“I’m not exactly sure when the water stopped,” asks Craig Uram at the beginning of David Baeumler’s excellent short, “Full Stop Hilltop.” Uram portrays a middle aged man with thinning hair, who likes to contemplate the Big Questions of Life, but is a highly inarticulate speaker, rarely able to finish a sentence. The film follows him as he leaves his broken plumbing and his wife to go to a job interview in California, but mostly he seems to be on a philosophical quest.
The story is told entirely through Uram’s voiceover narration, in elliptical prose with poetic overtones. He says that the empty water pipes seem very “thirsty,” and he remembers an early peak experience he had with the woman who we later see as his wife, hiking up to the top of a hill. They forget to bring water with them, and become very thirsty, but they find a refreshing spring at the top of the hill, and they also find sexual pleasure with each other. “Untouched nature” is a concept he associates early on with pleasure and plenitude, and the “thirstiness” he complains of also seems to explain his extreme inarticulateness; he can’t find the right words.
As he leaves for his trip, he packs a red suitcase with an enormous amount of objects with personal meaning for him: books, CDs, a typewriter. (Like Wes Anderson’s “The Darjeeling Limited,” this film literalizes the idea that the characters are carrying around too much psychic baggage.) The extreme, exotic beauty of the flowers and beaches he finds in California remind him again of freedom and sexual fulfillment. He imagines California calling out alluringly to uptight New England, and finally allowing the American landscape to “mean something.” But, at the same time, he constantly questions his own tendency to read meanings into the landscape.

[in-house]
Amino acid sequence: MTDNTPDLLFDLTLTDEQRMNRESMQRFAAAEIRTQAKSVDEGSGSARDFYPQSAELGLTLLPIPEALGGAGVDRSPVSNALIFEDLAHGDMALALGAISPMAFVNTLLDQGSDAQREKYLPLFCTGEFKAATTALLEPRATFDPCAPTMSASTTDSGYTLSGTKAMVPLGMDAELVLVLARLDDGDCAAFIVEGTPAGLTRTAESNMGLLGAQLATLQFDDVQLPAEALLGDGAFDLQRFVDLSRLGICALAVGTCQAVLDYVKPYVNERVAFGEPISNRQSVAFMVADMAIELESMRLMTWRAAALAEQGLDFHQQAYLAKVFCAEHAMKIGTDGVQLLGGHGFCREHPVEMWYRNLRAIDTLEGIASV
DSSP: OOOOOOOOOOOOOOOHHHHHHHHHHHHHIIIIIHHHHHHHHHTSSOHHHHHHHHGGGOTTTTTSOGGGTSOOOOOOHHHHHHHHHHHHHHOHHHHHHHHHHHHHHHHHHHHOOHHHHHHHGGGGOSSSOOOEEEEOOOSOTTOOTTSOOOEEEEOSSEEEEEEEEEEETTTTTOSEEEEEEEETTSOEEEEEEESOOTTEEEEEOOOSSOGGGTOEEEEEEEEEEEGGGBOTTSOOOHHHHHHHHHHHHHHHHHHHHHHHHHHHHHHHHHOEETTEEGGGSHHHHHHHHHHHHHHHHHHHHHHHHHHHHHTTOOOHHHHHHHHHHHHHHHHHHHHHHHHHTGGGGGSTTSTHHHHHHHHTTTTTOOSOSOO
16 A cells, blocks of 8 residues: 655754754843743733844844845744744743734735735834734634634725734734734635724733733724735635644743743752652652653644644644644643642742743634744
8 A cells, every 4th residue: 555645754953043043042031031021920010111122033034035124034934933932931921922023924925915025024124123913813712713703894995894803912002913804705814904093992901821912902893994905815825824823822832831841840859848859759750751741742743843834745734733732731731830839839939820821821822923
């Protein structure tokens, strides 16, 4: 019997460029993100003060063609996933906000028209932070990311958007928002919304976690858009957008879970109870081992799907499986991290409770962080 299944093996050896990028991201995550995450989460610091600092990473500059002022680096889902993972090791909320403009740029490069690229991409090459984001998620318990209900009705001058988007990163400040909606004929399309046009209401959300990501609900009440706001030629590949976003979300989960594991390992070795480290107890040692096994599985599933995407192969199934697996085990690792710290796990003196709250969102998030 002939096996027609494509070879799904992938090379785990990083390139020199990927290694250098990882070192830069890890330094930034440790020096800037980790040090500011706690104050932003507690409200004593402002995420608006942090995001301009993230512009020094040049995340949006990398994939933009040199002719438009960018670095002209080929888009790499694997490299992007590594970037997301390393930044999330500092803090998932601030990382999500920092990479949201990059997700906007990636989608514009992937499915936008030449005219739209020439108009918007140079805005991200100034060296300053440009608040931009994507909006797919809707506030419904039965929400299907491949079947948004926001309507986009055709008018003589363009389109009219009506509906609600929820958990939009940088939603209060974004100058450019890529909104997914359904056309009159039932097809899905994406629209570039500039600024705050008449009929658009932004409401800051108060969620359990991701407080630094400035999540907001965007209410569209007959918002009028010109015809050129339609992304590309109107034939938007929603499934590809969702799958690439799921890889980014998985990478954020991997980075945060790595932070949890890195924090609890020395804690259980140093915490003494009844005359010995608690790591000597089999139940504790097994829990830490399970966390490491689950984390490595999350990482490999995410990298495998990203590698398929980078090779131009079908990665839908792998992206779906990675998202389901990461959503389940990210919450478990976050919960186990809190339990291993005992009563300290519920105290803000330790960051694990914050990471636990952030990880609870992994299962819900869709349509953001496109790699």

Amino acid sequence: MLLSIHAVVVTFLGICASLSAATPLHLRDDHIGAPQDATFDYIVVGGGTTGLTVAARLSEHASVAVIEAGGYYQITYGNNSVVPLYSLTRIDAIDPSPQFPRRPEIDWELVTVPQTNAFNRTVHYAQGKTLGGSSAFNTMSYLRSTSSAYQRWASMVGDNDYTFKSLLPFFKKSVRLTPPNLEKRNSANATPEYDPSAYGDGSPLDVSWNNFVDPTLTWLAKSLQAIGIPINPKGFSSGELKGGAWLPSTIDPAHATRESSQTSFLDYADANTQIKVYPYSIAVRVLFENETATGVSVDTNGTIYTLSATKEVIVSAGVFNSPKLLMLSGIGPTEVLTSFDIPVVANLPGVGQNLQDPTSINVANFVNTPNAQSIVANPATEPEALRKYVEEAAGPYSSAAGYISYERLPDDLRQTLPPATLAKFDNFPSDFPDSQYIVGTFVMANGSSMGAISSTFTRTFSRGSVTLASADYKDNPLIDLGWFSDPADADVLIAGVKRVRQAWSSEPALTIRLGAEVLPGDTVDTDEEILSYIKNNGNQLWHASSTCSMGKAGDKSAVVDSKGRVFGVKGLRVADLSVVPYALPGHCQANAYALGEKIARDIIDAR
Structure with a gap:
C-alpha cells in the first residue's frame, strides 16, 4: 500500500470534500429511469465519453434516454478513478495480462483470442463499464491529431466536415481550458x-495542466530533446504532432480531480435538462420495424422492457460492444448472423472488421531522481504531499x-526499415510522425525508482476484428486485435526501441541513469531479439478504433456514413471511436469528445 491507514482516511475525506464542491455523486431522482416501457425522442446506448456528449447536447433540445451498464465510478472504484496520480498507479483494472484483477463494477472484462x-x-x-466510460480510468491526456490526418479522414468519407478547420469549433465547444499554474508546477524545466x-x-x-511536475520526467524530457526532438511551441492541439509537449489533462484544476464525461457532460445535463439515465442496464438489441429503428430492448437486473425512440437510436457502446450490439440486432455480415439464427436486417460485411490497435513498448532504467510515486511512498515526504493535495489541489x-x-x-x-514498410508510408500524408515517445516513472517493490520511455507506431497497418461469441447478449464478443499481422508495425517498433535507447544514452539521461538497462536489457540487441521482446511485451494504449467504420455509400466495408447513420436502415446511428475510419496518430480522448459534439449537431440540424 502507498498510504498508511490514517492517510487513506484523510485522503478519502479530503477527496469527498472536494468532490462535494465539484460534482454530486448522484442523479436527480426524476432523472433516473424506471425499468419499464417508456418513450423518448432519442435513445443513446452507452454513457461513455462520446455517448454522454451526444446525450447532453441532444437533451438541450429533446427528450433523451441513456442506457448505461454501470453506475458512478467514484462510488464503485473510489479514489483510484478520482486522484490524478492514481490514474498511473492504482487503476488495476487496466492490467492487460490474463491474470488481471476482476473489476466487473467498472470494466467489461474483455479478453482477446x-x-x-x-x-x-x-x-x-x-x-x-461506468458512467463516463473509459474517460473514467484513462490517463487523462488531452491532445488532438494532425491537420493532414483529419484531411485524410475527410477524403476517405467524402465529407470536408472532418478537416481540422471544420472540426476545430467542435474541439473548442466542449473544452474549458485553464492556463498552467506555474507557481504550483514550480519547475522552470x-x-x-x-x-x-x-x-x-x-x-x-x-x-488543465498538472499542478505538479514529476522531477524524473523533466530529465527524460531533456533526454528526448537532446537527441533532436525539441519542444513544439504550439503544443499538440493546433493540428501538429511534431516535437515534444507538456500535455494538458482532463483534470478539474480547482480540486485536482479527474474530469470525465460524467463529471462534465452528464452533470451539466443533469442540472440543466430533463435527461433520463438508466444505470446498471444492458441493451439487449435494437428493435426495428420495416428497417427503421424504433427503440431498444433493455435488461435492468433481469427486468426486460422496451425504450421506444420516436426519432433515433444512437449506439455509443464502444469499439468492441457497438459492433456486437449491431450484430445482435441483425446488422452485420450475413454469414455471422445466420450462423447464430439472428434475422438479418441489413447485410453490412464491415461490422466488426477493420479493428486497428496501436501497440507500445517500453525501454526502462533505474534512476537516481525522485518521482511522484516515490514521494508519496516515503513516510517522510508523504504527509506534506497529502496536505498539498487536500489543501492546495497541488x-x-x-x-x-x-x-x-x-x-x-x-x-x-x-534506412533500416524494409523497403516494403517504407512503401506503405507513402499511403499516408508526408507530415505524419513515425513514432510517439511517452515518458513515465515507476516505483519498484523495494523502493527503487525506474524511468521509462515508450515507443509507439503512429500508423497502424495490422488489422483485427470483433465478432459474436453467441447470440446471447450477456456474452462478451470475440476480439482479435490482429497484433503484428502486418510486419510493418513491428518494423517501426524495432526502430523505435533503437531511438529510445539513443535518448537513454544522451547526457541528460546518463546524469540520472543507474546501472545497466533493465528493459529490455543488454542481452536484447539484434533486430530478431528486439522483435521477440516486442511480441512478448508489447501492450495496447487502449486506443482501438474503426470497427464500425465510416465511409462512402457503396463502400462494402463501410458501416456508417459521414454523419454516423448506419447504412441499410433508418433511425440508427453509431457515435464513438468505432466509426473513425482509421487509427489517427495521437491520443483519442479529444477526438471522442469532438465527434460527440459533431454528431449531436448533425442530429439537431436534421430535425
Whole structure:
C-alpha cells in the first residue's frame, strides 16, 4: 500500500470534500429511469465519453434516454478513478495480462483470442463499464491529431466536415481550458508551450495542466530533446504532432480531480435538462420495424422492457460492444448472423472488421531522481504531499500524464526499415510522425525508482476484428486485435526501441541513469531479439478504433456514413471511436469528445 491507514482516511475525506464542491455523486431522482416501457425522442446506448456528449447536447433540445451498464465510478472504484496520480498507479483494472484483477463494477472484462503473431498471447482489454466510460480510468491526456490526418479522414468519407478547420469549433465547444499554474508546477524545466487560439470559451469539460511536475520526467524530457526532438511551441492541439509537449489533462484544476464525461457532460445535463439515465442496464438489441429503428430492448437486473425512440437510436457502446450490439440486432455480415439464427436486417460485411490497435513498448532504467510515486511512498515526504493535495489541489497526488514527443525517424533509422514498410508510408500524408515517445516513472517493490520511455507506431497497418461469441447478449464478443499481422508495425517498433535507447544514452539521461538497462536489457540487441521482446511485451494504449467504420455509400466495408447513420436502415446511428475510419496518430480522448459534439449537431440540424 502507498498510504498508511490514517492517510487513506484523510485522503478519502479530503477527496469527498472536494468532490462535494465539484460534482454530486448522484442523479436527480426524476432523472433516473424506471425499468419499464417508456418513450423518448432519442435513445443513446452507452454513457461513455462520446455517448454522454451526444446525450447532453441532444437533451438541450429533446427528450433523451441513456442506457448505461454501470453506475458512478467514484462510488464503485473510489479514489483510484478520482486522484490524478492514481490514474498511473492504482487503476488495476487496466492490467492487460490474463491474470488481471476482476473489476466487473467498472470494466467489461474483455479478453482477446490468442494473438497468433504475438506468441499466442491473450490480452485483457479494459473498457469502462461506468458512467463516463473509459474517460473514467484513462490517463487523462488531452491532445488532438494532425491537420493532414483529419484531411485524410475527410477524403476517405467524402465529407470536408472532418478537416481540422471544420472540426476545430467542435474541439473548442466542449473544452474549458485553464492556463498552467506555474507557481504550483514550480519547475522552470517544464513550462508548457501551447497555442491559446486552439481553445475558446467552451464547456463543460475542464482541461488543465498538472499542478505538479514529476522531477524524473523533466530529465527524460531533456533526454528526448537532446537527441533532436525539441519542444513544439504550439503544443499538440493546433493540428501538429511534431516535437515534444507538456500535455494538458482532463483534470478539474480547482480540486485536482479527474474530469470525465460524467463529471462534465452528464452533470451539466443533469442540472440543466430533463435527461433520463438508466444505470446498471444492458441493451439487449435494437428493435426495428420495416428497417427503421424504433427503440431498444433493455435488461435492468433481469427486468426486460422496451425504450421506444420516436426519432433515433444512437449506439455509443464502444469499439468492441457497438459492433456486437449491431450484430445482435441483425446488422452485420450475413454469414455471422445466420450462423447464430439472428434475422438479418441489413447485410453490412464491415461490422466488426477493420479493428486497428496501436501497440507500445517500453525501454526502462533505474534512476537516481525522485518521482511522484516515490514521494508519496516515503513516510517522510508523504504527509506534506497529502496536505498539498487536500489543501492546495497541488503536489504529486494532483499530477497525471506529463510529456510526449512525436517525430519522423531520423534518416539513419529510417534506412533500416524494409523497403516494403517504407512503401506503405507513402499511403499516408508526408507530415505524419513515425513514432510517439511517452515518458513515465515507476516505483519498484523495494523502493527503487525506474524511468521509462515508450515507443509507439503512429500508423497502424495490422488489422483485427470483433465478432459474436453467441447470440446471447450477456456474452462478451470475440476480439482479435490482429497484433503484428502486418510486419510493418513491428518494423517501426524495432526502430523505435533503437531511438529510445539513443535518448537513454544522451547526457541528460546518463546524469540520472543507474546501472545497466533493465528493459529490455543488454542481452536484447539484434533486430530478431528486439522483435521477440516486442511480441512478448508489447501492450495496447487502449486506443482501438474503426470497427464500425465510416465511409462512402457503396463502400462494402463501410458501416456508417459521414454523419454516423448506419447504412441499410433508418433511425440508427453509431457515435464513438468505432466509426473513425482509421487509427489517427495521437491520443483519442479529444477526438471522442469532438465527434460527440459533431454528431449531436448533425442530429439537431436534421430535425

The film culminates in a phone call he receives on his cell phone from the plumber back home, which quickly turns into a desperate philosophical debate, in which Uram demands to know if the plumber believes that there are coded messages to be read in landscapes. He spirals out of control, worrying that the constant writing and rewriting of the American landscape, caused by centuries of development, has rendered the original messages of nature unreadable. We see lurid shots of flowers and landscapes, the camera shaking and careening. This debate with the plumber is both highly comic and emotionally affecting.
“Full Stop Hilltop” does an excellent job of examining philosophical ideas within a narrative framework. The film starts out seeming like an ordinary wryly comic piece which could almost be an episode of a TV show, and through imperceptible degrees, slowly transforms itself into the highly altered state and strangely metaphoric realms of the epiphany of the plumber’s phone call. Uram does a mostly excellent job of portraying a very inarticulate character so that his inarticulateness speaks to us, and the music by Chris O’Neil is always supportive to the mood and rhythm of the piece. David Bauemler’s excellent photography and editing fully bring to life the idea of a man who is constantly looking into landscapes for coded messages. For an 11 minute film, this is an exceptionally rich experience, touching us on an emotional, an intellectual, and on a visual level.